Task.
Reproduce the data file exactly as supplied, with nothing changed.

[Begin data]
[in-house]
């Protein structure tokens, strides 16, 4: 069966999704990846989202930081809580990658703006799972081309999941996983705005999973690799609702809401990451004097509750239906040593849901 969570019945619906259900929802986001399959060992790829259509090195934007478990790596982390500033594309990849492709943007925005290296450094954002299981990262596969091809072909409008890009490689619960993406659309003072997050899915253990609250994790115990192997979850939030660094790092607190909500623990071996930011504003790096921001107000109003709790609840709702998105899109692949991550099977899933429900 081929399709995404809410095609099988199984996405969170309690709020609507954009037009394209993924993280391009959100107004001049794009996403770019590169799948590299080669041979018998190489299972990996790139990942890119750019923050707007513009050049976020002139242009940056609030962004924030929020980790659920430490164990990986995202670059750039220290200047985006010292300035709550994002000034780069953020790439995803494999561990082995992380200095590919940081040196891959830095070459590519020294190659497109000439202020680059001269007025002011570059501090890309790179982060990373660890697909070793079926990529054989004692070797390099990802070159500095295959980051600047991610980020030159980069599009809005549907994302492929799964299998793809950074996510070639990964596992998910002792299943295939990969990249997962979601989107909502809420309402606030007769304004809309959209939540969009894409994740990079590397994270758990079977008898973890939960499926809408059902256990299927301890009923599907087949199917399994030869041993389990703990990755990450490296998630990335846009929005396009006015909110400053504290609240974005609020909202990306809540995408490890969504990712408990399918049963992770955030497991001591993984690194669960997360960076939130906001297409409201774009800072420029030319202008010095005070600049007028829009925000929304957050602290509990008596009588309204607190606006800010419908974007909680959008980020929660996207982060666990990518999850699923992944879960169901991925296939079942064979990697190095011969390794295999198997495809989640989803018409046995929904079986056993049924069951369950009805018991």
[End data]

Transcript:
[in-house]
């Protein structure tokens, strides 16, 4: 069966999704990846989202930081809580990658703006799972081309999941996983705005999973690799609702809401990451004097509750239906040593849901 969570019945619906259900929802986001399959060992790829259509090195934007478990790596982390500033594309990849492709943007925005290296450094954002299981990262596969091809072909409008890009490689619960993406659309003072997050899915253990609250994790115990192997979850939030660094790092607190909500623990071996930011504003790096921001107000109003709790609840709702998105899109692949991550099977899933429900 081929399709995404809410095609099988199984996405969170309690709020609507954009037009394209993924993280391009959100107004001049794009996403770019590169799948590299080669041979018998190489299972990996790139990942890119750019923050707007513009050049976020002139242009940056609030962004924030929020980790659920430490164990990986995202670059750039220290200047985006010292300035709550994002000034780069953020790439995803494999561990082995992380200095590919940081040196891959830095070459590519020294190659497109000439202020680059001269007025002011570059501090890309790179982060990373660890697909070793079926990529054989004692070797390099990802070159500095295959980051600047991610980020030159980069599009809005549907994302492929799964299998793809950074996510070639990964596992998910002792299943295939990969990249997962979601989107909502809420309402606030007769304004809309959209939540969009894409994740990079590397994270758990079977008898973890939960499926809408059902256990299927301890009923599907087949199917399994030869041993389990703990990755990450490296998630990335846009929005396009006015909110400053504290609240974005609020909202990306809540995408490890969504990712408990399918049963992770955030497991001591993984690194669960997360960076939130906001297409409201774009800072420029030319202008010095005070600049007028829009925000929304957050602290509990008596009588309204607190606006800010419908974007909680959008980020929660996207982060666990990518999850699923992944879960169901991925296939079942064979990697190095011969390794295999198997495809989640989803018409046995929904079986056993049924069951369950009805018991």